Diabetes symptoms caused by COVID-19: The virus also affects the pancreas


Diabetes-like symptoms in COVID-19.

The coronavirus SARS-CoV-2 can affect many organs, especially the lungs, respiratory tract, digestive tract, cardiovascular system as well as the nervous system. A German research team has now demonstrated that the metabolism can also be affected by COVID-19. The reason for this is that SARS-CoV-2 can infect the insulin-producing beta cells of the pancreas.

In a recent study, researchers at the University of Ulm show that SARS-CoV-2 is able to infect the pancreas. They say this may explain diabetes-like disease symptoms in severe COVID-19 courses, as well as the deterioration in sugar metabolism that some affected individuals experience after infection. The research findings were presented in the prestigious journal Nature Metabolism.

Impaired blood glucose levels in COVID-19 sufferers.

“In patients with COVID-19 disease, there are always courses in which the regulation of blood glucose levels is also disturbed,” explains senior physician Professor Martin Wagner from the research team. Typically, such complaints occur in patients suffering from type 1 diabetes.

Consequences of a pancreas infection

As the physicians report, the symptoms range from hyperglycemia, a serious form of hyperglycemia, to ketoacidosis, i.e. hyperacidity of the blood. “In this regard, current studies report exacerbations of known diabetes mellitus diseases, but also cases of new-onset diabetes after having undergone COVID-19,” adds Professor Alexander Kleger.

What was studied?

In a joint project of Internal Medicine 1, the Institute of Molecular Virology and the Institute of Pathology, the research group investigated how these diabetes-like symptoms can occur in COVID-19 sufferers. For this purpose, the scientists brought tissue from the pancreas into contact with SARS-CoV-2.

SARS-CoV-2 attacks pancreatic beta cells

The team discovered that the coronavirus can also attack the so-called islets of Langerhans in the pancreas. These are hormone-producing structures that contain, among other things, beta cells in which the production of insulin takes place. “These beta cells express certain protein molecules, without which SARS-CoV-2 cannot infect the cells,” explains virologist Professor Jan Münch. The protein molecules produced there include the proteins TMPRSS2 and ACE2, via which SARS-CoV-2 can enter the cells.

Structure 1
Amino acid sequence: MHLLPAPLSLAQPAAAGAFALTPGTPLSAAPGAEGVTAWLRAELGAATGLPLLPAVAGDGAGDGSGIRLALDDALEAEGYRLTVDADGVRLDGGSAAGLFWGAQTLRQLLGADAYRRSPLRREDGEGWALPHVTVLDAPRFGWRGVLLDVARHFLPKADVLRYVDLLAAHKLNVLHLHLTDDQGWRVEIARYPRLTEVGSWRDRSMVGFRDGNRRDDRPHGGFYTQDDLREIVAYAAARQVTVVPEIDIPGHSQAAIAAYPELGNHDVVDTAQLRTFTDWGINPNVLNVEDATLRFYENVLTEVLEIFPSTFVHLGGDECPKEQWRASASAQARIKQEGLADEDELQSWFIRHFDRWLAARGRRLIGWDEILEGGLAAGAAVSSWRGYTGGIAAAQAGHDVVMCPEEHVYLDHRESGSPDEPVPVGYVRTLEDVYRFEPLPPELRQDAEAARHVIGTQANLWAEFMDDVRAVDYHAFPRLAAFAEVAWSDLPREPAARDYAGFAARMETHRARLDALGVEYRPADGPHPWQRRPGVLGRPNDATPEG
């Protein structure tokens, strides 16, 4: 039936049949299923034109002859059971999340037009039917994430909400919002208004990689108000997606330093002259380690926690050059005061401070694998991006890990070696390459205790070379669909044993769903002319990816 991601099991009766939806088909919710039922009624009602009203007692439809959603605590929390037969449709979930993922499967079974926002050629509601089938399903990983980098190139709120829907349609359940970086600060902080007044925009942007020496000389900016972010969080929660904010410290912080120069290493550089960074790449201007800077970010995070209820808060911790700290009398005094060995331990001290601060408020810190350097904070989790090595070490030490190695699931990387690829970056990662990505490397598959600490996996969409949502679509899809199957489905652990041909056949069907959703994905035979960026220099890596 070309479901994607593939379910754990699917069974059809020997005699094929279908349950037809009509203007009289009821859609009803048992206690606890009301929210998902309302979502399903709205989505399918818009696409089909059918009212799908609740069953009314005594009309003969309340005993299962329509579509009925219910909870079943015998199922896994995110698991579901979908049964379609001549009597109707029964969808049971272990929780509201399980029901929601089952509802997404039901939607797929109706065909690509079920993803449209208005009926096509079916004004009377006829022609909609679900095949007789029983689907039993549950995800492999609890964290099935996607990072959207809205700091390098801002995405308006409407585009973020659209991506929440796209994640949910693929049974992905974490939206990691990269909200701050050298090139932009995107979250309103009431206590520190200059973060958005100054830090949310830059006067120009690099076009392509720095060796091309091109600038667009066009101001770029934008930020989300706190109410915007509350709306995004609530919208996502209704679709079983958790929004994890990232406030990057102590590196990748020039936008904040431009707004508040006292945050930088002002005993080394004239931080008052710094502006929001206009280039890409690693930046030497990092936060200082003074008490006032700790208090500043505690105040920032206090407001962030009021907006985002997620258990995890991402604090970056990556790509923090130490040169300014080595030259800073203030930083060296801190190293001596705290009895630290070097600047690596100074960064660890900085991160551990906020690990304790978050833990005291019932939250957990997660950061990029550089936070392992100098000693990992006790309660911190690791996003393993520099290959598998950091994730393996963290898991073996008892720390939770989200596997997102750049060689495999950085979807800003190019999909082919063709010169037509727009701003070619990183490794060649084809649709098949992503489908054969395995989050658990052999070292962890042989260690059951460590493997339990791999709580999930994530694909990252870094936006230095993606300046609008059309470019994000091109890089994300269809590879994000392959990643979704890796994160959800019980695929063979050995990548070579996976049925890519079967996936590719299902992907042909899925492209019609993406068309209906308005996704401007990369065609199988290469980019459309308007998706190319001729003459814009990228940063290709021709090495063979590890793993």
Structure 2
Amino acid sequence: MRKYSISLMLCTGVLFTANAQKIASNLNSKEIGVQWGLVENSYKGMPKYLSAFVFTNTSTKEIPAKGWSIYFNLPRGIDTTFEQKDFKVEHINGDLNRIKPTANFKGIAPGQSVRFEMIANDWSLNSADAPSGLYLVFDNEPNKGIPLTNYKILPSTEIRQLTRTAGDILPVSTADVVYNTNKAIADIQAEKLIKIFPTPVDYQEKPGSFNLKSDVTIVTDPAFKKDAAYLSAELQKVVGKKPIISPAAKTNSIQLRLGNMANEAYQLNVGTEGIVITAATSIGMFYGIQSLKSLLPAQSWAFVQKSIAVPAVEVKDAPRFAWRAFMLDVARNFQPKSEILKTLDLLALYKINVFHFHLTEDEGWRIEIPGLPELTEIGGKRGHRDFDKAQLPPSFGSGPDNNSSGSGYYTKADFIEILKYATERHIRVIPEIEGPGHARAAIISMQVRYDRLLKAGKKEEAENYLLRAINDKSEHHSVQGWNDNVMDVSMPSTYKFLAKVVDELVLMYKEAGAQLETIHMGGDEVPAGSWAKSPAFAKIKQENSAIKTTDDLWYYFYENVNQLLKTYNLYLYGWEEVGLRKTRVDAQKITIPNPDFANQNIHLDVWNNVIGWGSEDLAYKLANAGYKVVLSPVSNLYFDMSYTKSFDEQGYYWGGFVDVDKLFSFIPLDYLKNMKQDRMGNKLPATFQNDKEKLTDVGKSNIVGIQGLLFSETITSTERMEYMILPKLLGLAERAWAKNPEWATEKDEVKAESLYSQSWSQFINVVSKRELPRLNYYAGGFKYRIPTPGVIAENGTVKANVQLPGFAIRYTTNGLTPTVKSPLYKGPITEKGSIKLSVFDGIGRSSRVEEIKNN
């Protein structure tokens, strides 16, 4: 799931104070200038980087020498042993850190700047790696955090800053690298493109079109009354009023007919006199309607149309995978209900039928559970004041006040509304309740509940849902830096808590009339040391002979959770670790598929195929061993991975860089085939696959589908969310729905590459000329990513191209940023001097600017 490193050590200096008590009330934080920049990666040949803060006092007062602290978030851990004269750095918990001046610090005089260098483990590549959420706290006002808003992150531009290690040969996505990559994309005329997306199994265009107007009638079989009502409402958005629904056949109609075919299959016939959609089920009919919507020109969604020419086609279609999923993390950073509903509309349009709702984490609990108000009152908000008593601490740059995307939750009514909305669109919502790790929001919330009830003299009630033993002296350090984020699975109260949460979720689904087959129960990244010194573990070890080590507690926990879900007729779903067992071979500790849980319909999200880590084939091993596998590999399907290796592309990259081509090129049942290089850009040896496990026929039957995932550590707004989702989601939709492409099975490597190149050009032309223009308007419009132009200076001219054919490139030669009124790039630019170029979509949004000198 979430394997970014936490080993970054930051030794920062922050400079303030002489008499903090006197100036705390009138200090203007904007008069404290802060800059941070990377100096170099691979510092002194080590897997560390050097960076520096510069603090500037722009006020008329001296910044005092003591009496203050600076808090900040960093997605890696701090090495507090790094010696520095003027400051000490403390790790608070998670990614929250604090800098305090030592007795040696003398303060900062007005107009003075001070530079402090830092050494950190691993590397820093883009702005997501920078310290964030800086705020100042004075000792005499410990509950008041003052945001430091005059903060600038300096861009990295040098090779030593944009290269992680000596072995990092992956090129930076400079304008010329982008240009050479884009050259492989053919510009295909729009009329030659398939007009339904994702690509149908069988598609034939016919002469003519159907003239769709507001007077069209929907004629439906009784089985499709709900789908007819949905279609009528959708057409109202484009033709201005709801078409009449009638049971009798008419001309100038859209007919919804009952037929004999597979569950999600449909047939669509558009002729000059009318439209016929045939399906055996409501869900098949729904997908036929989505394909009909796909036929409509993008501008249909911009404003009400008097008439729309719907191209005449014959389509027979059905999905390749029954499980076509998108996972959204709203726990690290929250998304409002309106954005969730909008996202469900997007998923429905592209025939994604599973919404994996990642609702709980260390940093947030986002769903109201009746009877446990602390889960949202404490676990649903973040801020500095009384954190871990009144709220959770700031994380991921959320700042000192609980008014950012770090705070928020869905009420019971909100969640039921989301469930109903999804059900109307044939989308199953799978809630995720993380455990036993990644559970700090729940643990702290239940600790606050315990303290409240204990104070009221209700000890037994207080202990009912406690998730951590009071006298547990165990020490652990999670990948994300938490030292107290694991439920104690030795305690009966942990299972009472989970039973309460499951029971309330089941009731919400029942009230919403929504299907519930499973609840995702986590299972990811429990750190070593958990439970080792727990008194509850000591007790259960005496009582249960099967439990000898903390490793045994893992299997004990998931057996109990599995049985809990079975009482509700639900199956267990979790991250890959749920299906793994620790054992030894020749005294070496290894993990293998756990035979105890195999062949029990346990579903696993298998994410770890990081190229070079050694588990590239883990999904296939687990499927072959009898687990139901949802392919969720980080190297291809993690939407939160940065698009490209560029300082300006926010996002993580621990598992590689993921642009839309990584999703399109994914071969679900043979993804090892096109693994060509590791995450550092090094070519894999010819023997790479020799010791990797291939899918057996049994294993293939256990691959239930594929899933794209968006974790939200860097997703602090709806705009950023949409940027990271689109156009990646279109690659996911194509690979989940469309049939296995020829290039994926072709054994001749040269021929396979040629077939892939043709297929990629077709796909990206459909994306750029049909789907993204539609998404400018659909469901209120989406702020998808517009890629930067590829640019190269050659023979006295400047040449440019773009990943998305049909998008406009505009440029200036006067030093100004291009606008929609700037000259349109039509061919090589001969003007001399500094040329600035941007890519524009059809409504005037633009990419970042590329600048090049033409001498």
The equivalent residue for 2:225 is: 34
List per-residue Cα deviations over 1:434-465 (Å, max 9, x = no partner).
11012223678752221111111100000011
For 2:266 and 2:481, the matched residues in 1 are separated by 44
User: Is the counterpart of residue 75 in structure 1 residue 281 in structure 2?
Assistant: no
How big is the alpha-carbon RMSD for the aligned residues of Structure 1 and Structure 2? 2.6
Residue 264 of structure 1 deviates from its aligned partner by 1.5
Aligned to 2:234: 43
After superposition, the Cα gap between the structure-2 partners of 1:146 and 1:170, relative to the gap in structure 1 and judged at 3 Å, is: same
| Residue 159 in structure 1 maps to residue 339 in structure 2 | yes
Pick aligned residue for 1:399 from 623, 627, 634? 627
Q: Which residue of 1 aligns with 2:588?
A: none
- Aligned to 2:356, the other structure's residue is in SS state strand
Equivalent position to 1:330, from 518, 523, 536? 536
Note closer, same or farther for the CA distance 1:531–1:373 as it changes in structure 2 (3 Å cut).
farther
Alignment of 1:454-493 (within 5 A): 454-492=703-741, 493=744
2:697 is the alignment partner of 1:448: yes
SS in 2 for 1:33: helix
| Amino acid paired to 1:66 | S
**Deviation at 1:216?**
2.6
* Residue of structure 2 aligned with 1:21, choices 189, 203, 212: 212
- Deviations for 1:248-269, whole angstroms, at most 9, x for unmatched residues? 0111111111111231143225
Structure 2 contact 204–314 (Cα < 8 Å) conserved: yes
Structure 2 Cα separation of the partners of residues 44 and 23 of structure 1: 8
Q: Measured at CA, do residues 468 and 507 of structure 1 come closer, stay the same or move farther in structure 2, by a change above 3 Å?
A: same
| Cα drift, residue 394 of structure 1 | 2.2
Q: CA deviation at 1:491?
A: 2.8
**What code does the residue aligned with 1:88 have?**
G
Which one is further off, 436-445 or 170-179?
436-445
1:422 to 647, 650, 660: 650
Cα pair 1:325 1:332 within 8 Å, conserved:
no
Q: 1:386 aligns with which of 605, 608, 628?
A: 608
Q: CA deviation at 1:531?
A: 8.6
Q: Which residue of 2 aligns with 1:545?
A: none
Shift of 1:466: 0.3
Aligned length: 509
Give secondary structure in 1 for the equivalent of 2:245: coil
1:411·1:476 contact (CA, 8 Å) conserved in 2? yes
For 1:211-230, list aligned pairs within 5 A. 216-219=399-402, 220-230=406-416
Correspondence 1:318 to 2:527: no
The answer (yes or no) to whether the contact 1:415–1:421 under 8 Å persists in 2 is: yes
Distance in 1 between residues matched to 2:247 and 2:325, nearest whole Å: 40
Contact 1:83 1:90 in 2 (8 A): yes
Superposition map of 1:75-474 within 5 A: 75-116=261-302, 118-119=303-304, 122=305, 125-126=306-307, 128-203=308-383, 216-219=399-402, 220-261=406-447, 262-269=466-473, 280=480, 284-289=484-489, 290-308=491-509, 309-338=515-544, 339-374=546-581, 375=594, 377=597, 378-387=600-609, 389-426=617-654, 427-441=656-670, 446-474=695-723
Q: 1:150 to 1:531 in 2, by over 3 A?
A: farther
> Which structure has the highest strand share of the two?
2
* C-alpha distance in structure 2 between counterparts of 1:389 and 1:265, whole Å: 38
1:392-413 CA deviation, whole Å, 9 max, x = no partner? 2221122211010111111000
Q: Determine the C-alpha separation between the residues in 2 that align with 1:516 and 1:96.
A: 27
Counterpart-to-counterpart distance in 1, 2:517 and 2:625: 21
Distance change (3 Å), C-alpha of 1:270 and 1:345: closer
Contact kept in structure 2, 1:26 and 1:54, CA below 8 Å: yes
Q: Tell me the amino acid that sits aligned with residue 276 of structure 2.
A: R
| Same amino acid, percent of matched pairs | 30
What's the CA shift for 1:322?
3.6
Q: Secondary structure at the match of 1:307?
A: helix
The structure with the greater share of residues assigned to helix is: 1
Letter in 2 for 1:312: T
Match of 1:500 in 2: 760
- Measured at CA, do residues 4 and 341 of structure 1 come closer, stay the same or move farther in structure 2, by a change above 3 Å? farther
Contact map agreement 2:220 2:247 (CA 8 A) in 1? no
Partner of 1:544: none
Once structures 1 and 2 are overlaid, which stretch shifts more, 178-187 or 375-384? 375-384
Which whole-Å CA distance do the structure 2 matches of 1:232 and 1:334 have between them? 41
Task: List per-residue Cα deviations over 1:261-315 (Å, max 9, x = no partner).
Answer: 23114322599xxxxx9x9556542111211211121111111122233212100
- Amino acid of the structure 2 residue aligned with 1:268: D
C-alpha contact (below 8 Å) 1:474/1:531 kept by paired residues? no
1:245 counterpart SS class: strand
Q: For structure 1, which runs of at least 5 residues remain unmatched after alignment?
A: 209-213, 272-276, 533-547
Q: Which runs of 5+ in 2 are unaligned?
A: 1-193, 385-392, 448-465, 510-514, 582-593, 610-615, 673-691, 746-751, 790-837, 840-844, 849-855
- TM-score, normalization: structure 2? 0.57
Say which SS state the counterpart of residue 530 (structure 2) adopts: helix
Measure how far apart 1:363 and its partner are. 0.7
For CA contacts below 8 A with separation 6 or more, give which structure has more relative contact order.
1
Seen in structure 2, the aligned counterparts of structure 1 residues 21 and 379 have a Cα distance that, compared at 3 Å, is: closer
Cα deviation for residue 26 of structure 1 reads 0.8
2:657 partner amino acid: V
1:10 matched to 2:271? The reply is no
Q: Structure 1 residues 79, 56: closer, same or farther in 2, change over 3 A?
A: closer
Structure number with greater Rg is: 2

Metabolic disorders due to infection of the pancreas

“As a result, the viral building blocks multiply, and many new infectious viral particles are released – which is exactly what we observed in Langerhans’ islets,” Münch said. In addition, the team found that infected insulin-producing tissue undergoes crucial changes in form and function. According to Professor Münch, infection of the pancreas led to a reduced number of insulin granules, where beta cells store insulin. “No wonder, then, that in these cases the secretion of this vital hormone that regulates blood sugar levels was disturbed,” add Dr. Janis Müller and Dr. Sandra Heller from the research group.

Autopsies confirmed the findings

As the study progressed, the researchers were able to clearly demonstrate SARS-CoV-2 involvement of the pancreas in autopsies of deceased COVID-19 sufferers. “The amazing thing about this is that even after no more viral proteins were found in the lungs, they could still be detected in the pancreas, and this was the case with disease courses of varying lengths,” emphasizes pathologist Professor Thomas Barth.

Inflammation of the pancreas

According to the researchers, the pancreas not only produces the hormone insulin, but the organ also releases digestive juices in the duodenum that break down fats, carbohydrates and proteins from food. As the team found, the digestive enzyme-producing pancreatic tissue was also infected with SARS-CoV-2.

The significance of this for the clinical course of COVID-19 is currently unclear. Professor Kleger, who heads the pancreas outpatient clinic at the University Hospital of Ulm, emphasizes that inflammation of the pancreas has already been observed in the context of COVID-19.

Can COVID-19 cause diabetes?

One of the most important questions in this context is whether the acutely occurring impairments in insulin production in COVID-19 sufferers can lead to diabetes in the long term. According to the research team, further studies are needed to clarify this issue.



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